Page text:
More bad words - banned by the New York Times

2 June, 2011 - 09:53

A little while ago I was fascinated by a post I read on the BBC website with a list issued by the British government of their banned buzzwords.

I spent about an hour last night catching up on some of my RSS feeds (which have fallen badly by the wayside since I've been helping Nee out with her wedding preparations) and design blogger Swiss Miss had a post to a fantastic New York Times blog post in the same vein called Words We Don't Say by Hugo Lindgren.

The story goes that when he first began his job at the New York Times, Kurt Andersen who was the editor at the time has a fantastic list stuck on the wall of his office of words that writers were forbidden to use in their articles. Wherever possible these words would be edited out. This is the image accompanying the article. Click on the image to view the NY Times post:

Kurt Andersens Banned Words

According to Hugo Lindgren this list is from 1977 at the latest, which was when he started his position at the newspaper, and yet fascinatingly almost all of the words on this list could be applied to a banned-words list of today. I like the comments on the article which suggest some more words: decidedly, going forward, utilize (omg I completely agree!!), however, arguably, impact, reach out to (instead of contact), and decidedly.

Also via SwissMiss I browsed over to a brilliant site that appeals strongly to my desire for order: ListGeeks. The homepage is made up of a grid of various lists by users (eg favourite smells, movies they want to see etc) and one lovely list screamed out at me: Terrible "Corporate Speak" Words by stilltron.

Terrible Corporate Speak Words by Stilltron on ListGeeks

British-government's banned buzzwords

14 April, 2010 - 00:03

In March last year the British government issued an official list of words that have been banned from use by the councils in order that council members effectively communicate. Read the BBC reports on this.

I find this quite amusing.. and I also think that this is a Good Thing, albeit a rather daft list ("client" is a buzzword?). With people everywhere reading many of the same things thanks to the high-speed information sharing of the internet, the meanings of catchy phrases will often become warped or altogether changed, and either way, lose their meaning and their impact.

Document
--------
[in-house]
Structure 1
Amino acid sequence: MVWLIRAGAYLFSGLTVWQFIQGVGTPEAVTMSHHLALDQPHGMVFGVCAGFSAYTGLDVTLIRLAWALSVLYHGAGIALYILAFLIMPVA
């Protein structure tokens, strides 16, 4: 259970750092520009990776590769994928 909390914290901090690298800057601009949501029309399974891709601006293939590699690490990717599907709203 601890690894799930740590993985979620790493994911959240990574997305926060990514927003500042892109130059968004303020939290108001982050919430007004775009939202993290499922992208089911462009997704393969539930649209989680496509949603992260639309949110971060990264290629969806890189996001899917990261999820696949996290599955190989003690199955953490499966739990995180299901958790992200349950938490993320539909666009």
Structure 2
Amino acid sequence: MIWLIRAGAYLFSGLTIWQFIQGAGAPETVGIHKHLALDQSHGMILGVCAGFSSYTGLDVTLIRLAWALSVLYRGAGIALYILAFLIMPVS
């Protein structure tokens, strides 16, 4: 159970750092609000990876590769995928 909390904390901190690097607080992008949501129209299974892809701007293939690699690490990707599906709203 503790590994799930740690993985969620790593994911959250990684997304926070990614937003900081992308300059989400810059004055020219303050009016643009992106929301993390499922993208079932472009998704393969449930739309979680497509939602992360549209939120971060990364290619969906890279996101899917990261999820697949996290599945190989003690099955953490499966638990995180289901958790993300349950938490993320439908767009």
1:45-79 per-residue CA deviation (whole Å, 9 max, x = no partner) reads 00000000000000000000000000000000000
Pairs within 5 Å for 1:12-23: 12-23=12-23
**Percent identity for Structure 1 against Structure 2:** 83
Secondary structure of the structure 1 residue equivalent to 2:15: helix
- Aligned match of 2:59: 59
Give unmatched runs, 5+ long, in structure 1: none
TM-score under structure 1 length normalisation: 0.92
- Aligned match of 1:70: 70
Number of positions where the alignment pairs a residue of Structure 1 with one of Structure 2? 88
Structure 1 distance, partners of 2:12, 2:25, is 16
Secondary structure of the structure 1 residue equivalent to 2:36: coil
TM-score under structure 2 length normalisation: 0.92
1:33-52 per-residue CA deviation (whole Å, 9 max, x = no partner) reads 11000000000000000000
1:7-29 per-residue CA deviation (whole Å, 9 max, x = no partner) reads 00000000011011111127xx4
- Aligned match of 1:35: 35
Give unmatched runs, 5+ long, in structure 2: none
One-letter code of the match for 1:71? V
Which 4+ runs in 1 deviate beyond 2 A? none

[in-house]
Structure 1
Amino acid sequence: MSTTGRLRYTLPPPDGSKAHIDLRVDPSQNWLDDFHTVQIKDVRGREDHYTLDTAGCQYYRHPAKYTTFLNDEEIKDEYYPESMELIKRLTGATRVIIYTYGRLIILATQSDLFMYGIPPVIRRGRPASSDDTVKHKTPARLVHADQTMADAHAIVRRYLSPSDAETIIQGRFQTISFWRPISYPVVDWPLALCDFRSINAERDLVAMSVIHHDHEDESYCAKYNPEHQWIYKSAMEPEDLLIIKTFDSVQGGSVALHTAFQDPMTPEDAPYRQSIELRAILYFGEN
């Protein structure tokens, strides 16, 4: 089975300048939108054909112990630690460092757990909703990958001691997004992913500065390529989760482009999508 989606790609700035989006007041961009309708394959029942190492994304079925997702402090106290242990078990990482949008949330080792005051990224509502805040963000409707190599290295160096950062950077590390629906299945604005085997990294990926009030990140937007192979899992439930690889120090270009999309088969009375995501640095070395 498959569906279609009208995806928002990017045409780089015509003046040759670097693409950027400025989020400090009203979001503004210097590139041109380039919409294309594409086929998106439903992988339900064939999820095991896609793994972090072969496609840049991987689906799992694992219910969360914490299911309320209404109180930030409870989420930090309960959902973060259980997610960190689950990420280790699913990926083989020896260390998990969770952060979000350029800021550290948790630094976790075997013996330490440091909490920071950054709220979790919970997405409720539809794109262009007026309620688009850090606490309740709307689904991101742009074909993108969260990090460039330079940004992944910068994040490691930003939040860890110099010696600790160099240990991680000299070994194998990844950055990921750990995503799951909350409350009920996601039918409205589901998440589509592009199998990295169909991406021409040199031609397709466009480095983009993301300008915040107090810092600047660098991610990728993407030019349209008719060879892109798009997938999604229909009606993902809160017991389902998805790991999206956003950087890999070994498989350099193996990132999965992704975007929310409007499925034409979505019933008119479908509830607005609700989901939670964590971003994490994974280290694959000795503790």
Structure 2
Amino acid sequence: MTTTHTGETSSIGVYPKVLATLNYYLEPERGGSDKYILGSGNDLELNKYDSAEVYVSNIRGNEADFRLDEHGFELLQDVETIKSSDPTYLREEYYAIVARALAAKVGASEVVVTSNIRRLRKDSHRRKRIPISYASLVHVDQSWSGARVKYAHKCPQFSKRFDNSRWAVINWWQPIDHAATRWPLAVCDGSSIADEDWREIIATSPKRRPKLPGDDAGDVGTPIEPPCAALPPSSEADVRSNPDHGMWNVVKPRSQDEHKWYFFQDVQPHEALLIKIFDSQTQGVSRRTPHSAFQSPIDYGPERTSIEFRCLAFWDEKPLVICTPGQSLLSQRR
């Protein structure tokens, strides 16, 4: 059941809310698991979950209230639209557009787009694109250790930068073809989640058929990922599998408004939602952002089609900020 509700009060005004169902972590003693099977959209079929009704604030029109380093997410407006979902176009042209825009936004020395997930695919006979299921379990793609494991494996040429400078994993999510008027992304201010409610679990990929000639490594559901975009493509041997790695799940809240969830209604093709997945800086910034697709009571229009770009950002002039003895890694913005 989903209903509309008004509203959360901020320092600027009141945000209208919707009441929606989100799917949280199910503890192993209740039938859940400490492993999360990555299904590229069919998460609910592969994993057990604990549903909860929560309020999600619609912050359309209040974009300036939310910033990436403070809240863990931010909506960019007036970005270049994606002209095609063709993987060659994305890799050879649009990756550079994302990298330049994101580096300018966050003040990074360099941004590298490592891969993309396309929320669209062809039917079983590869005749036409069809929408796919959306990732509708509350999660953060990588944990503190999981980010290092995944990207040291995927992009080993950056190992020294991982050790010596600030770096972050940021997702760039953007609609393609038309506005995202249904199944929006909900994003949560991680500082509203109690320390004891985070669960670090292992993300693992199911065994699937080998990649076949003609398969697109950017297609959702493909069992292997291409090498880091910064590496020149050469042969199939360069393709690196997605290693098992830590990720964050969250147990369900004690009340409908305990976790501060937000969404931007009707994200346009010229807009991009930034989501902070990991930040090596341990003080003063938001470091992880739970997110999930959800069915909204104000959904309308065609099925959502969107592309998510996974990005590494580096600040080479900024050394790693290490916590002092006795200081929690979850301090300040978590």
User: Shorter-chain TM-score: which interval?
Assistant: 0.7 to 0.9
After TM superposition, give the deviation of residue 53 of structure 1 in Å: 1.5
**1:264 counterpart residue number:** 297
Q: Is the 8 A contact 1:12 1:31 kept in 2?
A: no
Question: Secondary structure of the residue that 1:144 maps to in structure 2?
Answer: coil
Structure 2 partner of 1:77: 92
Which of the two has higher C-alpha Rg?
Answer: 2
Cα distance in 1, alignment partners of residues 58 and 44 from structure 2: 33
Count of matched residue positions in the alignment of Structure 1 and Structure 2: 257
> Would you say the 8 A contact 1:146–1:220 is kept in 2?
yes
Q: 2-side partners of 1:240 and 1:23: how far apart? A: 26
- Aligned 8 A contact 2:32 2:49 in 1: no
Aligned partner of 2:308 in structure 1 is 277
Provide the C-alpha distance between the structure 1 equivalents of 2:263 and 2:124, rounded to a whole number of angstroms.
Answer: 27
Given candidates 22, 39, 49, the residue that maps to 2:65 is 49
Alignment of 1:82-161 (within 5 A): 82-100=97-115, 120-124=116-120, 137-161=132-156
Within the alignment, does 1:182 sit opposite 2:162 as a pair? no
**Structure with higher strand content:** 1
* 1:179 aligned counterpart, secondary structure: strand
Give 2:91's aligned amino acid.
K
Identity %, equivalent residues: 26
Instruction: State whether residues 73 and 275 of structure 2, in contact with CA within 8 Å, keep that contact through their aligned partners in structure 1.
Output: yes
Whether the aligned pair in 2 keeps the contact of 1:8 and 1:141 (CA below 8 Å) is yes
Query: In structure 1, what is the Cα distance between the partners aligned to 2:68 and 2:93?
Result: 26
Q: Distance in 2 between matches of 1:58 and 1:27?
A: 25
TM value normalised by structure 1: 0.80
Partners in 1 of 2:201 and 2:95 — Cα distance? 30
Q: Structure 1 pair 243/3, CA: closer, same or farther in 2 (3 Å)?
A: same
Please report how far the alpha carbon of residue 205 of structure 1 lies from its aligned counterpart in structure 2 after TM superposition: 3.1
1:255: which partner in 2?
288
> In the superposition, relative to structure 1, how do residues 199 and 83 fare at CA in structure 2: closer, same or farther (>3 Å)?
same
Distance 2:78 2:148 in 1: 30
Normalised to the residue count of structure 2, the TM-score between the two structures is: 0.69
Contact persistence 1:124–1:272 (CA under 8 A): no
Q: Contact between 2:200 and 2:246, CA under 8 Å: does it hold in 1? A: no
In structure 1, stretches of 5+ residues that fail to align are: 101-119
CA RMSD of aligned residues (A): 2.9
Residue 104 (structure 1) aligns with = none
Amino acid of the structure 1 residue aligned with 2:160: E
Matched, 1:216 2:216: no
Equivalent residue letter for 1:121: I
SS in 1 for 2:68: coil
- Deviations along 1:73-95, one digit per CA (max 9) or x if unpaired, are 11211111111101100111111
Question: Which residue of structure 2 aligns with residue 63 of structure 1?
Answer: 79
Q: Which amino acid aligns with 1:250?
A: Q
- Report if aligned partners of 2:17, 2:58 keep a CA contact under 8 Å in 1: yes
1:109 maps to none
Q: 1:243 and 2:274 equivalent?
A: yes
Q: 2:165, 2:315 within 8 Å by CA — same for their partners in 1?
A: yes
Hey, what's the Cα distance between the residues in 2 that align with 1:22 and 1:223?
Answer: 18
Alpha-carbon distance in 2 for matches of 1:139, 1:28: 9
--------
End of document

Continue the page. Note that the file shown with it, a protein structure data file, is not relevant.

The full list of the banned words below:

Agencies Ambassador Area based
Area focused Autonomous Baseline
Beacon Benchmarking Best Practice
Blue sky thinking Bottom-Up CAAs
Can do culture Capabilities Capacity
Capacity building Cascading Cautiously welcome
Challenge Champion Citizen empowerment
Client Cohesive communities Cohesiveness
Collaboration Commissioning Community engagement
Compact Conditionality Consensual
Contestability Contextual Core Message
Core principles Core Value Coterminosity
Coterminous Cross-cutting Cross-fertilisation
Customer Democratic legitimacy Democratic mandate
Dialogue Direction of travel Distorts spending priorities
Double devolution Downstream Early Win
Edge-fit Embedded Empowerment
Enabler Engagement Engaging users
Enhance Evidence Base Exemplar
External challenge Facilitate Fast-Track
Flex Flexibilities and Freedoms Framework
Fulcrum Functionality Funding streams
Gateway review Going forward Good practice
Governance Guidelines Holistic
Holistic governance Horizon scanning Improvement levers
Incentivising Income streams Indicators
Initiative Innovative capacity Inspectorates
Interdepartmental Interface Iteration
Joined up Joint working LAAs
Level playing field Lever Leverage
Localities Lowlights MAAs
Mainstreaming Management capacity Meaningful consultation
Meaningful dialogue Mechanisms Menu of Options
Multi-agency Multidisciplinary Municipalities
Network model Normalising Outcomes
Output Outsourced Overarching
Paradigm Parameter Participatory
Partnership working Partnerships Pathfinder
Peer challenge Performance Network Place shaping
Pooled budgets Pooled resources Pooled risk
Populace Potentialities Practitioners
Predictors of Beaconicity Preventative services Prioritization
Priority Proactive Process driven
Procure Procurement Promulgate
Proportionality Protocol Provider vehicles
Quantum Quick hit Quick win
Rationalisation Rebaselining Reconfigured
Resource allocation Revenue Streams Risk based
Robust Scaled-back Scoping
Sector wise Seedbed Self-aggrandizement
Service users Shared priority Shell developments
Signpost Single conversations Single point of contact
Situational Slippage Social contracts
Social exclusion Spatial Stakeholder
Step change Strategic Strategic priorities
Streamlined Sub-regional Subsidiarity
Sustainable Sustainable communities Symposium ­­
Synergies Systematics Taxonomy
Tested for Soundness Thematic Thinking outside of the box
Third sector Toolkit Top-down
Trajectory Tranche Transactional
Transformational Transparency Upstream
Upward trend Utilise Value-added
Vision ­ Visionary Welcome

We could use such a list in tech. Web 2.0 anyone?

Syndicate content